Japan's major wartime industrial facilities were listed as World Heritage sites on Sunday, with Tokyo conceding forced labour and other cruelties against Koreans for the first time on the world stage and vowing measures to commemorate the victims.
The decision made at a World Heritage Committee conference in Bonn, Germany, marked a breakthrough between South Korea and Japan following grueling two-month negotiations over how to address the appalling chapter of the archipelago country's history that eclipsed its stellar postwar industrial transformation.
After Tokyo initiated the campaign in January 2014, Seoul staged a strong protest, claiming that in seven of the proposed 23 sites, hundreds of thousands of Koreans were forced into slave labour under Japanese colonial rule.
In a footnote enshrined on the final document, Japan said it was prepared to take measures to promote understanding that there were "a large number of Koreans and others who were brought against their will and forced to work under harsh conditions in the 1940s at some of the sites."
It also pledged to "incorporate appropriate measures into the interpretive strategy to remember the victims" such as setting up an information centre.
The statement was "taken note of" by the committee as it will promote the understanding of the "full history of each site." Tokyo is mandated to formulate a follow-up mechanism and report progress to the World Heritage Center by the end of 2017, which is expected to be reviewed by the committee at its meeting the following year.
Seoul welcomed the outcome, saying it "sufficiently reflects our rightful concerns."
"Japan's statement has significance in that it virtually represents its first formal mentioning before the international community that Koreans provided labour against their will during Japanese colonial rule," Foreign Minister Yun Byung-se said after the decision.
"I believe we have achieved two feats this time: We had managed to carry through our principle and position that historical facts ought to be reflected as they are, while avoiding an extreme confrontation with Japan and resolving the problem through dialogue, which could contribute to a stable development of the bilateral relationship."
In May, Japan secured the endorsement of the International Council on Monuments and Sites, a UNESCO advisory panel better known as ICOMOS, for the registration of 23 sites of Japan's Meiji Industrial Revolution, built in the late 19th to early 20th centuries.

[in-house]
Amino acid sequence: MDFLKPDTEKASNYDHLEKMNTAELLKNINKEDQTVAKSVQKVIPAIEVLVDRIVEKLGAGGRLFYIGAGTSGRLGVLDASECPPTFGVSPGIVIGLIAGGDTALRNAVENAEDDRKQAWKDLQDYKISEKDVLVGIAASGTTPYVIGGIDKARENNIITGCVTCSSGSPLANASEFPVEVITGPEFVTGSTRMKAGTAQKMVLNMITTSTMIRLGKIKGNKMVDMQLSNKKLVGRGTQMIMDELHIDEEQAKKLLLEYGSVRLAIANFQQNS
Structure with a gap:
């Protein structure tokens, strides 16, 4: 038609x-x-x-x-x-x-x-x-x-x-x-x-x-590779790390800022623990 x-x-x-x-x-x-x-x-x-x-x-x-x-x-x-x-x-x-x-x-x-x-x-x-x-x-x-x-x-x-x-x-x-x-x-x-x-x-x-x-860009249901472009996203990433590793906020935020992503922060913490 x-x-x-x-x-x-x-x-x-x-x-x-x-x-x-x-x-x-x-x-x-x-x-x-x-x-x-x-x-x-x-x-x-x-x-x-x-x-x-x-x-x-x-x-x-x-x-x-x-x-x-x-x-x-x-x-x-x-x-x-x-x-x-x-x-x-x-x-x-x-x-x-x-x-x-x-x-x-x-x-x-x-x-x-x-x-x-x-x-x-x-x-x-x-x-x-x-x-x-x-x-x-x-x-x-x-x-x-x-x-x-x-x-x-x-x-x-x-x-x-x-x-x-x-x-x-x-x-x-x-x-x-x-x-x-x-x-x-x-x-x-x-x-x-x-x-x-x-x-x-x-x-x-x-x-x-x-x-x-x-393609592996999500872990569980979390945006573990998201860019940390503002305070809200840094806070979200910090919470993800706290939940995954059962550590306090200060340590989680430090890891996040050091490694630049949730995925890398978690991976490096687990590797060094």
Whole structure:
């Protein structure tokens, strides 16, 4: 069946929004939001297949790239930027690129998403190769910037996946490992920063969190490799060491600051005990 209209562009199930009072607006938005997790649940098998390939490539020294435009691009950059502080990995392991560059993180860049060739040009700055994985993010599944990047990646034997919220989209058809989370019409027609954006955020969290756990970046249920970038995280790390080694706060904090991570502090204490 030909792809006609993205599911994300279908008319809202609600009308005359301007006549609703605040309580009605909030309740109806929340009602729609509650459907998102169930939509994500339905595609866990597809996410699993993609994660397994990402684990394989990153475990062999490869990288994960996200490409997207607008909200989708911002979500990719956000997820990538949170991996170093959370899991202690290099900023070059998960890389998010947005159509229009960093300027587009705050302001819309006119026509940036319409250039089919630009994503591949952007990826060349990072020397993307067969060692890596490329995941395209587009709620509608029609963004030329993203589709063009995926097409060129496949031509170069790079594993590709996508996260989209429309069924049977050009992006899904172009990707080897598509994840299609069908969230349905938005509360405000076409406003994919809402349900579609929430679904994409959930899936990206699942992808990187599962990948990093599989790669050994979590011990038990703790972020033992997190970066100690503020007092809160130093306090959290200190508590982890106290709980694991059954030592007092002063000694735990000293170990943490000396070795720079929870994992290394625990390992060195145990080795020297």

They represent the "first successful transfer of industrialization from the West to a non-Western nation," based on iron and steel, shipbuilding and coal mining particularly to meet defence needs, the panel wrote in its recommendation.
Yet it also requested an "interpretive strategy" for the nominated properties to enable an understanding of the full history of each one.
Among them are the Hashima undersea coal mine off Nagasaki, known as "Battleship Island." The workers, mostly conscripted from Korea and China, had to work more than 12 hours a day, isolated from the outside world and facing frequent tunnel collapses, gas explosions, falling rocks and other harsh work conditions.
Koreans were also mobilized to build warships, torpedoes and other military supplies in the Nagasaki shipyard run by Mitsubishi Heavy Industries. Many of them died, either in the US' atomic bombing in 1945 or while carrying out reconstruction work afterward.
Tokyo, which refused to budge during initial negotiations, has apparently decided to opt for a compromise in the face of mounting pressure not only from Seoul but also council chair Berlin and other member states and souring international sentiment.
"Japan's statement is virtually unprecedented at an intergovernmental organisation," a senior Foreign Ministry official told reporters on customary condition of anonymity. "As a result of our omnidirectional diplomatic efforts, the international community including the council member countries now have a better understanding of the issue."